Computer Science

The next evolution of computing starts here.

Our CS department is training computer scientists who will advance the frontier of what computing means. We’re concerned with the design, development, modeling, analysis and applications of computer-related systems and related engineering areas – particularly in software systems, algorithmic methods, computer interfaces and physical systems.

To that end, our faculty is actively focused on teaching and research within specialized areas of computer science; particularly the areas of artificial intelligence, computer system architecture & CAD, computational systems biology, graphics and vision, information and data management, network systems, software systems, and computer science theory.

To learn more about our CS department, visit our dedicated site.

News

New terahertz-band laser offers broad tunability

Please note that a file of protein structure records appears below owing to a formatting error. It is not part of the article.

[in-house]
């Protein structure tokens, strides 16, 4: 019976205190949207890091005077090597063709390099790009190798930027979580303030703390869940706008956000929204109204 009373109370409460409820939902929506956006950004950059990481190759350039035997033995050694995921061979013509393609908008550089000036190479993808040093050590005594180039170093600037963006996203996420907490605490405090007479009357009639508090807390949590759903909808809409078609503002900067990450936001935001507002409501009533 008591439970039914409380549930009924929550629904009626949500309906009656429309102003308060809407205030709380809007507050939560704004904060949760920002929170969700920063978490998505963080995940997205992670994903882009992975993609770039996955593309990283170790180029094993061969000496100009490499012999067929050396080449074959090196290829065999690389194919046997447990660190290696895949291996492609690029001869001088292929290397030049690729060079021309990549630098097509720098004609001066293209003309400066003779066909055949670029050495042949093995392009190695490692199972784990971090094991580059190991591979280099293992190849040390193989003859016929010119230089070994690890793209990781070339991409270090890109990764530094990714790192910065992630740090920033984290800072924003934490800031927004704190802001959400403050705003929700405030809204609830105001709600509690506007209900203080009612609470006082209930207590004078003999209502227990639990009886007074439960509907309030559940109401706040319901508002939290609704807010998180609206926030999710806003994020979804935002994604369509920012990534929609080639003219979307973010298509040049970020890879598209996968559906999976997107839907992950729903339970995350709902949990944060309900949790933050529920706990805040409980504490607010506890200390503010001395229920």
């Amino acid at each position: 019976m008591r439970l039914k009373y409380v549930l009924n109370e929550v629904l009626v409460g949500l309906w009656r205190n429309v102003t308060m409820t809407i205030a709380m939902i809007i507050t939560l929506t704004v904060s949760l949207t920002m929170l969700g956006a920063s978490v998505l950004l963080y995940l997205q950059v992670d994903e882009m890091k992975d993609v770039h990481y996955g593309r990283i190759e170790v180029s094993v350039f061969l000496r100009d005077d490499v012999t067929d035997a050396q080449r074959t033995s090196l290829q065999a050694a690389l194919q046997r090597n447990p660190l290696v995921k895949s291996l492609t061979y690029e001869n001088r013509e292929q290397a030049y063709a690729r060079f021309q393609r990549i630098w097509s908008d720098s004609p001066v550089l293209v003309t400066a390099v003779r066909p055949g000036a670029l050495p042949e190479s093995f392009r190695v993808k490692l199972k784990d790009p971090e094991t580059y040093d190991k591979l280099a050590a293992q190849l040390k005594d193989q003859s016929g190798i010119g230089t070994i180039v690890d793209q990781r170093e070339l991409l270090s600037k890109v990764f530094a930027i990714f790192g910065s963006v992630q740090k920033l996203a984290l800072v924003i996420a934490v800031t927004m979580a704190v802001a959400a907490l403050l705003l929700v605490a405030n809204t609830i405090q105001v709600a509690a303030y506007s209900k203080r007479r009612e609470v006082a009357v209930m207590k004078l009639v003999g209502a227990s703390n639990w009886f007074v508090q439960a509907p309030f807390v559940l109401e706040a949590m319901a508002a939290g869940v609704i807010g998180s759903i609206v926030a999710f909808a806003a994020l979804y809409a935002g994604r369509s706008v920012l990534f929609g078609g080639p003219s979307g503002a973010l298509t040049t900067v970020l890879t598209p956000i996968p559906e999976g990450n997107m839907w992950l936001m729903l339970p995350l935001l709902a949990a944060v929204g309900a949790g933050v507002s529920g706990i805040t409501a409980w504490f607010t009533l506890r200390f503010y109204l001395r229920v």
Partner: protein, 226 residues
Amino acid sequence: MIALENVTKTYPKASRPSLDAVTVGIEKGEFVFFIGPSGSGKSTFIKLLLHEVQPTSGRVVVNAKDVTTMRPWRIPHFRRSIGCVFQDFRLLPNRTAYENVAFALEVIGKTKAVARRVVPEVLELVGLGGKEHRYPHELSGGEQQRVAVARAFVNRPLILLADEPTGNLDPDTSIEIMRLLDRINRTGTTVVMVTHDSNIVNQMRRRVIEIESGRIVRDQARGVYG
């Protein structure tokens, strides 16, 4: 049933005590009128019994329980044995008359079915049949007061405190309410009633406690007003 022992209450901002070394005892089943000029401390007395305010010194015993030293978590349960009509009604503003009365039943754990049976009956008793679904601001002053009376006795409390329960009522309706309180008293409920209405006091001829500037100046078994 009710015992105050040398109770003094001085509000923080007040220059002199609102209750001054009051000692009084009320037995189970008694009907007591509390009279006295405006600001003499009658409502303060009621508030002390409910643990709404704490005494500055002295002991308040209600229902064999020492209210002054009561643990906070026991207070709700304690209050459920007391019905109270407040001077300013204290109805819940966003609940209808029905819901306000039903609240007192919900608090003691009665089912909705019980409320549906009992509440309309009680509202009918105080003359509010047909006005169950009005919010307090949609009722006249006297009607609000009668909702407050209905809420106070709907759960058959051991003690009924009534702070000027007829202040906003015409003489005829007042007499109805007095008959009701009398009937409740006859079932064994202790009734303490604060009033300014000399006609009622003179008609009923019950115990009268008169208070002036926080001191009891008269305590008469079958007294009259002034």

New terahertz-band laser offers broad tunability

By UCLA Samueli Newsroom A UCLA-led research team has developed a laser that generates precise wavelengths of light across a large part of the terahertz light spectrumThe technology could improve drug screening equipment by...

New Faculty join UCLA Samueli for 2019-20

New Faculty join UCLA Samueli for 2019-20

By UCLA Samueli Newsroom The UCLA Samueli School of Engineering welcomes 11 new faculty members to its growing roster for the 2019-20 academic year. The school is undergoing its most dramatic expansion since its...

Welcome week 2019: Tips for new students

Welcome week 2019: Tips for new students

Three UCLA Samueli undergraduate students offer advice to their new peers on how to succeed – collaborate with fellow students, participate in clubs, develop good time management skills and take advantage of resources
New protective metamaterial takes hit, bounces right back

New protective metamaterial takes hit, bounces right back

Mechanical engineers at UCLA and China’s Tsinghua University have opened a new path toward reusable energy-absorbing materials – ones designed to take an impact, then bounce back to their original shape and strength. The study was published in Advanced Functional Materials.

UCLA Engineering

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